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Eight dairy companies could face hefty fines similar to the fine imposed on Tiger Brands, if they are found guilty of fixing the price of milk.
The Competition Commission yesterday said it has gathered enough evidence against the dairy processors from investigations which started in February 2005.
Clover Industries (Clover), Clover SA (CSA), Parmalat, Ladismith Cheese, Woodlands Dairy, Lancewood, Nestlé SA and Milkwood Dairy will take centre stage before the Competition Tribunal when hearings into the alleged price-fixing scam begin next week.
Shan Ramburuth, a Competition Commission official, said: "We have a very strong case which will prove that there was collusion among the companies to set the price of milk in the market."
Clover received corporate leniency and will not be prosecuted in exchange for providing information about the other members of the cartel.
The initial complaint was made by the commission and was followed shortly by a rebuttal from the Milk Producers Organisation with claims that supermarkets were also involved in price-fixing.
"We are still investigating the complaint against the supermarket chains, but that's a separate case," Ramburuth said.
In prosecuting the case, the commission will seek an order to declare that the companies committed a prohibited practice under the Competition Act. A penalty of up to 10percent annual turnover could also be imposed.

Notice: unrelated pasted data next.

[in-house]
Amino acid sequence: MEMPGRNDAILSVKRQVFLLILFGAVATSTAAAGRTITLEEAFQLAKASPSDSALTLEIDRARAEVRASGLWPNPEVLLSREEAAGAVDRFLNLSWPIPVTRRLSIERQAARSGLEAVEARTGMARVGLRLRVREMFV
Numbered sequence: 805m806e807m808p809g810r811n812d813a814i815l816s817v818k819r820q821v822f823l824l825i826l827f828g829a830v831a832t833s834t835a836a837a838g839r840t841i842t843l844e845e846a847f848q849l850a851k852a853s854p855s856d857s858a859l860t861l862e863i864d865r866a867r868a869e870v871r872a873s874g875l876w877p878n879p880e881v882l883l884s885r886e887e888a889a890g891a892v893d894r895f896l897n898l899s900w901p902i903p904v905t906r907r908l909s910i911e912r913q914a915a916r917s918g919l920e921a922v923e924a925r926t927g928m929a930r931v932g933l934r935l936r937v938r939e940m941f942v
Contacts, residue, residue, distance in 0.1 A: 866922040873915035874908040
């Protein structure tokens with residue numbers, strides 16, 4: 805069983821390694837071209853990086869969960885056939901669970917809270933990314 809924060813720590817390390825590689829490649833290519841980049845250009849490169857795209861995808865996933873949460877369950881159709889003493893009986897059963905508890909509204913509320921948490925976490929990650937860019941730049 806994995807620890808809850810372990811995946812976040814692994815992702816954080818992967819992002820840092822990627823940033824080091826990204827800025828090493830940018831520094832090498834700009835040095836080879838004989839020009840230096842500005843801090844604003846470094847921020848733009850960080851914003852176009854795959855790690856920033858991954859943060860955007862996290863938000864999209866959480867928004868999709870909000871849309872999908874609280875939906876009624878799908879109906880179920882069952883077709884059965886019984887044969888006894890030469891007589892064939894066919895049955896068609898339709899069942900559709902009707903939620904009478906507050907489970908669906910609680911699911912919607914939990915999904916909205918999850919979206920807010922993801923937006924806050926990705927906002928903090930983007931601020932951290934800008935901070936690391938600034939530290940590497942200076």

For CSA, which earned R4,48 billion last year, this could mean a fine of up to R448million.
Heather Irvine, a director at Deneys Reitz Attorneys, said: "Either one of two things will happen; either the commission will prosecute or the companies will arrange a settlement similar to the one made in the Tiger Brands case."
For the past year, there has been no way for consumers to know how much more they have had to pay for milk, but in removing the cartel, prices are likely to fall. Irvine said: "The tribunal's hearing won't be able to determine how much the price went up.
"All that will be determined is whether they were involved in the collusive behaviour, which would have driven up the price through increased market demand."
She added: "The commission is beginning to get tougher on cartel behaviour and is showing an increasing ability to detect this type of behaviour.
"Their strategy of granting corporate leniency is proving to be effective in collecting information in its investigations."
The companies involved would not comment on the forthcoming hearings.
Parmalat said: "We are still busy with that issue and don't want to pre-empt anything before the hearings."